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M.D. Gingerich, D.B. Shire, J. Chen, J. Loewenstein, H.A. Shah, J. Sun, J.L. Wyatt, J.F. Rizzo; Surgical Guides for Electrode Array Implantation Into the Subretinal Space . Invest. Ophthalmol. Vis. Sci. 2005;46(13):1494.
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© ARVO (1962-2015); The Authors (2016-present)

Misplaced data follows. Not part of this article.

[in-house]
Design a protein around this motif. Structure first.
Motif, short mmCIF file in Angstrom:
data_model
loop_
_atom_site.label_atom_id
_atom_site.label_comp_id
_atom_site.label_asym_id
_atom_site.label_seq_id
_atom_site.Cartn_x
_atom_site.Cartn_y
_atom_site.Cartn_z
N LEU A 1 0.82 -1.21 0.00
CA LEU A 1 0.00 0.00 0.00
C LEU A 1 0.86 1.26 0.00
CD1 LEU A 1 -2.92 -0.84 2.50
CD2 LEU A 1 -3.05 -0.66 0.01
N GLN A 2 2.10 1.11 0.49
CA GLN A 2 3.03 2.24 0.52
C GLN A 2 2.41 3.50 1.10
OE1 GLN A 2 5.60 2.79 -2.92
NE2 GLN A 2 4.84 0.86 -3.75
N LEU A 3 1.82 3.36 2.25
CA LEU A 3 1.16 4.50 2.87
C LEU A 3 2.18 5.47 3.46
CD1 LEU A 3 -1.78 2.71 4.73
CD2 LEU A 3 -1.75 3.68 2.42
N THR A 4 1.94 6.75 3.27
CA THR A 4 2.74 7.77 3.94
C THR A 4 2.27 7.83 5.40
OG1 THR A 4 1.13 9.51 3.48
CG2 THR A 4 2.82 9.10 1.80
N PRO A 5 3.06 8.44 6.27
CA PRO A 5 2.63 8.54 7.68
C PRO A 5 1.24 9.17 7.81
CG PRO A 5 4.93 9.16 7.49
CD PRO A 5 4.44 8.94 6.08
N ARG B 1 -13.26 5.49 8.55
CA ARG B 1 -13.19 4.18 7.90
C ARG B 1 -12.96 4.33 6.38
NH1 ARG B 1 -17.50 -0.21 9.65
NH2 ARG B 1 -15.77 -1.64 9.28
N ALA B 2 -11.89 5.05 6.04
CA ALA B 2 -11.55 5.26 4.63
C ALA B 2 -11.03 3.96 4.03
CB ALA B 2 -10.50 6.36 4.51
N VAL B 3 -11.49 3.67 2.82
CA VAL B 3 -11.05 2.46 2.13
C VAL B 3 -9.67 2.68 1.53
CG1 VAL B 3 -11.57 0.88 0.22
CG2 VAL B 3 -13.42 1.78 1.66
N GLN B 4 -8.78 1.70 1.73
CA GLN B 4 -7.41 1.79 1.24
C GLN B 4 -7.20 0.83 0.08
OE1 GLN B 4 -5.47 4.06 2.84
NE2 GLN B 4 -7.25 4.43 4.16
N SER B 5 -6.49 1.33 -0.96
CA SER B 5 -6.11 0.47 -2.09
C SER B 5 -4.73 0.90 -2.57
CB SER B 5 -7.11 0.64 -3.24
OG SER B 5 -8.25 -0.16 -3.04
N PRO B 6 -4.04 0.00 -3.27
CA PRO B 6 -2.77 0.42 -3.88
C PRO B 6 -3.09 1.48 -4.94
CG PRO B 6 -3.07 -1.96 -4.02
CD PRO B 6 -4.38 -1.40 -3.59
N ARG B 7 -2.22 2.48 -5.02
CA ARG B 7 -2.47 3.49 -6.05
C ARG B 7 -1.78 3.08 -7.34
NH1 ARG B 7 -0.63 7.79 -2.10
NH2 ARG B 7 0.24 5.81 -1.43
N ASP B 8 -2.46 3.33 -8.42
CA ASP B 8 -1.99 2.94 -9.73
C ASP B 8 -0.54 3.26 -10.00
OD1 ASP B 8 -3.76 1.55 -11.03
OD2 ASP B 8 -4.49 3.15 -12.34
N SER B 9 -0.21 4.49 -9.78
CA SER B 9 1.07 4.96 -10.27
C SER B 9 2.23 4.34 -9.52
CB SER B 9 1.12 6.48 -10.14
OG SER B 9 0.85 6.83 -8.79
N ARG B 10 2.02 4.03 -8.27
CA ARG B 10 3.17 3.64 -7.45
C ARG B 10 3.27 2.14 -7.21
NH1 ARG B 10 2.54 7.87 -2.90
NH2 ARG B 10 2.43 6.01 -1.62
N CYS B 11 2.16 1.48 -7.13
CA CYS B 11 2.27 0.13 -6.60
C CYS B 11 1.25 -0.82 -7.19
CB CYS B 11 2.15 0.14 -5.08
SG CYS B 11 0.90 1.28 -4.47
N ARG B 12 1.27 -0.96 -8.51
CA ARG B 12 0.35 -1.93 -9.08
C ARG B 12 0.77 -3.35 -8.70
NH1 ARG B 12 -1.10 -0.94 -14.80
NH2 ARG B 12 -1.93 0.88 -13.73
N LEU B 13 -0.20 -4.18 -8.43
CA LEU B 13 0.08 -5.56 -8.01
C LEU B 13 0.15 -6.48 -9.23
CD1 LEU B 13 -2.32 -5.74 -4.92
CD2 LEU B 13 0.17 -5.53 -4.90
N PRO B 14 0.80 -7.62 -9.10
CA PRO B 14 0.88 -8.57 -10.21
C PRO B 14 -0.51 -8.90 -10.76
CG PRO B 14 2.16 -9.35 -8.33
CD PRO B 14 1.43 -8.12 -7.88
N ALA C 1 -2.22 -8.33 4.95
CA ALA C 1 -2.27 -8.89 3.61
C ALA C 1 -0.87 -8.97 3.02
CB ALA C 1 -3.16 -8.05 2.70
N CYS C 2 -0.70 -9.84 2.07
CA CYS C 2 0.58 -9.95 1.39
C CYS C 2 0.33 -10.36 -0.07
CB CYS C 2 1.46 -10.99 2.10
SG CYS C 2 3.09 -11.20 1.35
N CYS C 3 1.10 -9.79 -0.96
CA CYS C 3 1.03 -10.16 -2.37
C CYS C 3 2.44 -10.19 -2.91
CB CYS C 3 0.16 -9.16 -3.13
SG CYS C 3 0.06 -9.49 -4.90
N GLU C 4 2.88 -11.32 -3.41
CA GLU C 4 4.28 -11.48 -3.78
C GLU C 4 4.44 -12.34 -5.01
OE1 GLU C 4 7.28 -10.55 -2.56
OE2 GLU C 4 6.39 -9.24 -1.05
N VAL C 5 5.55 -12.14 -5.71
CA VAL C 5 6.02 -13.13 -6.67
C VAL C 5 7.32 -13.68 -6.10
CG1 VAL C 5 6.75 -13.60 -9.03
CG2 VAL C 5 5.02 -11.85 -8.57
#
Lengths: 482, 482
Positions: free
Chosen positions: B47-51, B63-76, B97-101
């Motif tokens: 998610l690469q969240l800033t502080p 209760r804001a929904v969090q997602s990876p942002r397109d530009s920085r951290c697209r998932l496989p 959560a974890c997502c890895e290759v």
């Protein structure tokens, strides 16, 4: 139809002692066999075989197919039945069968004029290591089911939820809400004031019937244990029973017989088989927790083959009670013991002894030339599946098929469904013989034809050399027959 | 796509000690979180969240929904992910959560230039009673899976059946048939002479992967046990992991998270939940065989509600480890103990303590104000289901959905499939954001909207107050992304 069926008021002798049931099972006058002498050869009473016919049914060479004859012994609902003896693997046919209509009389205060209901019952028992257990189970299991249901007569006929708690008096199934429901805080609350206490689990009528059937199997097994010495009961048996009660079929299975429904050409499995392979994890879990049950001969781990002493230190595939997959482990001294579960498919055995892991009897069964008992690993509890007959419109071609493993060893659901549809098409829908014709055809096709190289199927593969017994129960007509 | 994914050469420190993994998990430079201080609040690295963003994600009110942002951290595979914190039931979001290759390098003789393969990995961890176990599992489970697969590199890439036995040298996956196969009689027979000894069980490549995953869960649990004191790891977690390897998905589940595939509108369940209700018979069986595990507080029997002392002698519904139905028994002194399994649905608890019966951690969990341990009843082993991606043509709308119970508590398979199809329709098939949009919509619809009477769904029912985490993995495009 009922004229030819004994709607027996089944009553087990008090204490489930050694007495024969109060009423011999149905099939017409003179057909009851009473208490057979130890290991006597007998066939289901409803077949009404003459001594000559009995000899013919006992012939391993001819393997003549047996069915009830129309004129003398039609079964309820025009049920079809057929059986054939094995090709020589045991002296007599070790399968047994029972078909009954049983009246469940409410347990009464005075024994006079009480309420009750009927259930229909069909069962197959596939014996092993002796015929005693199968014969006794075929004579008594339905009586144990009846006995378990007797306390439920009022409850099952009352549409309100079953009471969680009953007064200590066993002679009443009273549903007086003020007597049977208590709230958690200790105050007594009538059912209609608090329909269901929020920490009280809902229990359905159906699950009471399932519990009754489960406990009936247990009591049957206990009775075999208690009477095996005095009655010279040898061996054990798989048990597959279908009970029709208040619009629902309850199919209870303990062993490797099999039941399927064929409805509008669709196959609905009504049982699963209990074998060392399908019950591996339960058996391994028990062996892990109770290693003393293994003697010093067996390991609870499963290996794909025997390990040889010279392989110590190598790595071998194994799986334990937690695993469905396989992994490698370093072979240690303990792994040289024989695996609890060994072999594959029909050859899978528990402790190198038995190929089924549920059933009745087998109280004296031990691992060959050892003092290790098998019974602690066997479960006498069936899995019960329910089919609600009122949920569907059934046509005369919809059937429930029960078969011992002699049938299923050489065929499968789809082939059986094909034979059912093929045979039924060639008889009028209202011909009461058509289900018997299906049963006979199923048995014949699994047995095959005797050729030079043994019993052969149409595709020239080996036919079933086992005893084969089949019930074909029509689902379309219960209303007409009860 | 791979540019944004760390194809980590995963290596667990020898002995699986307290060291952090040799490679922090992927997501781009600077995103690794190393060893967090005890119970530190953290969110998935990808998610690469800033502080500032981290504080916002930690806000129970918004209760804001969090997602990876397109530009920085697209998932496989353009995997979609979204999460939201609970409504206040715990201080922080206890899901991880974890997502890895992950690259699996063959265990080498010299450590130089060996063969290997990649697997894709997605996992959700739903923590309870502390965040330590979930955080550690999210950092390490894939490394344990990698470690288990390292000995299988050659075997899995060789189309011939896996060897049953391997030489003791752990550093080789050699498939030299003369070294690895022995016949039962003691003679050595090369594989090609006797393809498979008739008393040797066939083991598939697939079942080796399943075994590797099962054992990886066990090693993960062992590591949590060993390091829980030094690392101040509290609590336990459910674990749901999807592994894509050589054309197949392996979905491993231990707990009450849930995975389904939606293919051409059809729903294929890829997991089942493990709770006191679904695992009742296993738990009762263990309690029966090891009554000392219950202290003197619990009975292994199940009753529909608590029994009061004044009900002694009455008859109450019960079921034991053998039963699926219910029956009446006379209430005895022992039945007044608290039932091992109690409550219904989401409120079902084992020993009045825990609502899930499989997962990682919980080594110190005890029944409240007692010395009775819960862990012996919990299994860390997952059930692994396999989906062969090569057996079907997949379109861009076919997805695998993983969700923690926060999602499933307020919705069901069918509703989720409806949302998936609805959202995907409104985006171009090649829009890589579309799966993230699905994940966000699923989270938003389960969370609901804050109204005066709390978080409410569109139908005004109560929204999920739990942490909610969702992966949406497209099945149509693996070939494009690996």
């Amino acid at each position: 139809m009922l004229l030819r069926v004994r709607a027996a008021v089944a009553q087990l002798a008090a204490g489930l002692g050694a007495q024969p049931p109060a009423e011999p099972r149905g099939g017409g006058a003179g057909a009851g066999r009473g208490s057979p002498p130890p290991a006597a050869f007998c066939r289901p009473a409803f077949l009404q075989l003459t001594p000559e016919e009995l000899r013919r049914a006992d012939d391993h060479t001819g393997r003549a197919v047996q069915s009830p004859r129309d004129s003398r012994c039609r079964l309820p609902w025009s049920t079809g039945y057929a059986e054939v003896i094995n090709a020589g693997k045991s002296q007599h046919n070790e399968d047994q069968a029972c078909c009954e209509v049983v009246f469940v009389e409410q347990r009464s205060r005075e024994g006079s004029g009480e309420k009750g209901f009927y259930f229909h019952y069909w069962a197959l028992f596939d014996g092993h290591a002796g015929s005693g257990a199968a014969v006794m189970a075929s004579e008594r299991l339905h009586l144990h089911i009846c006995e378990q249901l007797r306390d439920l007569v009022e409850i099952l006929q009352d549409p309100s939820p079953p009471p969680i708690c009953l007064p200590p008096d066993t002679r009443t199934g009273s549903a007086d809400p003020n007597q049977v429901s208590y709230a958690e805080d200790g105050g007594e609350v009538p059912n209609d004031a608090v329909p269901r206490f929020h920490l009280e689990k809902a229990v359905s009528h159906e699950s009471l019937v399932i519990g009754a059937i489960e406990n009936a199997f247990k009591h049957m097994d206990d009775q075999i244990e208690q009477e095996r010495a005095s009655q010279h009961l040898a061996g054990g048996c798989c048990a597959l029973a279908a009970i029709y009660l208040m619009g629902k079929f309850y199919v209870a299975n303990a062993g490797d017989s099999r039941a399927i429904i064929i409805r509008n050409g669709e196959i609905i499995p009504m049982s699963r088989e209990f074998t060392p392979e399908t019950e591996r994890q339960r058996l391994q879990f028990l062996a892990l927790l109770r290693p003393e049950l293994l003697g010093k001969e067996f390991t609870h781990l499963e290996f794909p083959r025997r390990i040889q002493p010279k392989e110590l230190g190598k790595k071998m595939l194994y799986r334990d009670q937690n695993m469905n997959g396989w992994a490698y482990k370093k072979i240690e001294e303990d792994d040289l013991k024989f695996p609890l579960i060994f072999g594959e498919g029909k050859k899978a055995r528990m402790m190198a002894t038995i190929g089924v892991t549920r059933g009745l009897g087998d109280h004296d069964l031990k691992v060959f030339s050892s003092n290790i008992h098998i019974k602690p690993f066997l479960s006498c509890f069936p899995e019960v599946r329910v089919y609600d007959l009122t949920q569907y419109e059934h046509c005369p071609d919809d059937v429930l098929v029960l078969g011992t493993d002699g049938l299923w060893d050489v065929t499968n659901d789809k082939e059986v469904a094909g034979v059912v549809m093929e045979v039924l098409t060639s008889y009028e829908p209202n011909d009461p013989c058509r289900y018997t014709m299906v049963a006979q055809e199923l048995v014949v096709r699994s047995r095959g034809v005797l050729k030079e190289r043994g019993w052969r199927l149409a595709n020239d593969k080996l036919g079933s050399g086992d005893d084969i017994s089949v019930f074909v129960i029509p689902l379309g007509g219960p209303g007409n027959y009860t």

Purpose: To develop and fabricate prototype surgical guides (SG) with various features that will improve the technique by which an electrode array (EA) is introduced into the sub–retinal space during the implantation of an ab–externo retinal prosthesis. The hypothesis was that a SG could perform several functions including create a path for the EA, create a sub–retinal bleb during SG insertion with an integrated fluidic channel, hold the EA and release once insertion is complete with an integrated vacuum port. Methods: Several prototype guides with different features were fabricated to assess the usefulness of the following features: 1) a ‘J–bend’ in the edge of the SG to capture and direct one edge of the EA during insertion, 2) a fluidic channel to utilize hydraulic pressure to create a bleb around the SG during insertion, 3) a vacuum port to hold the EA to the SG during insertion. SGs with these features, and combinations thereof, were manually fabricated. The J–bend was fashioned by crimping the edge of a guide into a very tight bend. The fluid channel and vacuum port were formed by sandwiching a small bore polyimide tubing between two sheets of polyimide. The fluid channel tube extended to the tip of the SG while the vacuum port tube extended only to a small hole through one polyimide sheet near the SG tip. Though other methods of bonding the sheets together were tested, the best results were obtained by using polyimide tape as one of the sheets. Bonding was not perfect, but results were acceptable for testing. Silicone tubing was used to step up to a size attachable to a fluid delivery system. The SGs were hand cut and the tips were thinned and rounded by hand polishing. The various prototype guide configurations were then tested in mock implant experiments. Results: Prototype SGs with various features were successfully hand fabricated. The SGs, though unrefined, were tested surgically with mixed results. The fluidic channel has demonstrated some success, but early successes have been limited by tubing leaks. More experiments are planned with resealed tubing. Conclusions: Prototype SGs can be successfully fabricated with various features. Though some mock implant experiments have been successful, more are planned to determine the true potential of properly designed and fabricated SGs in placing an EA into the sub–retinal space during the implantation of an ab–externo retinal prosthesis.
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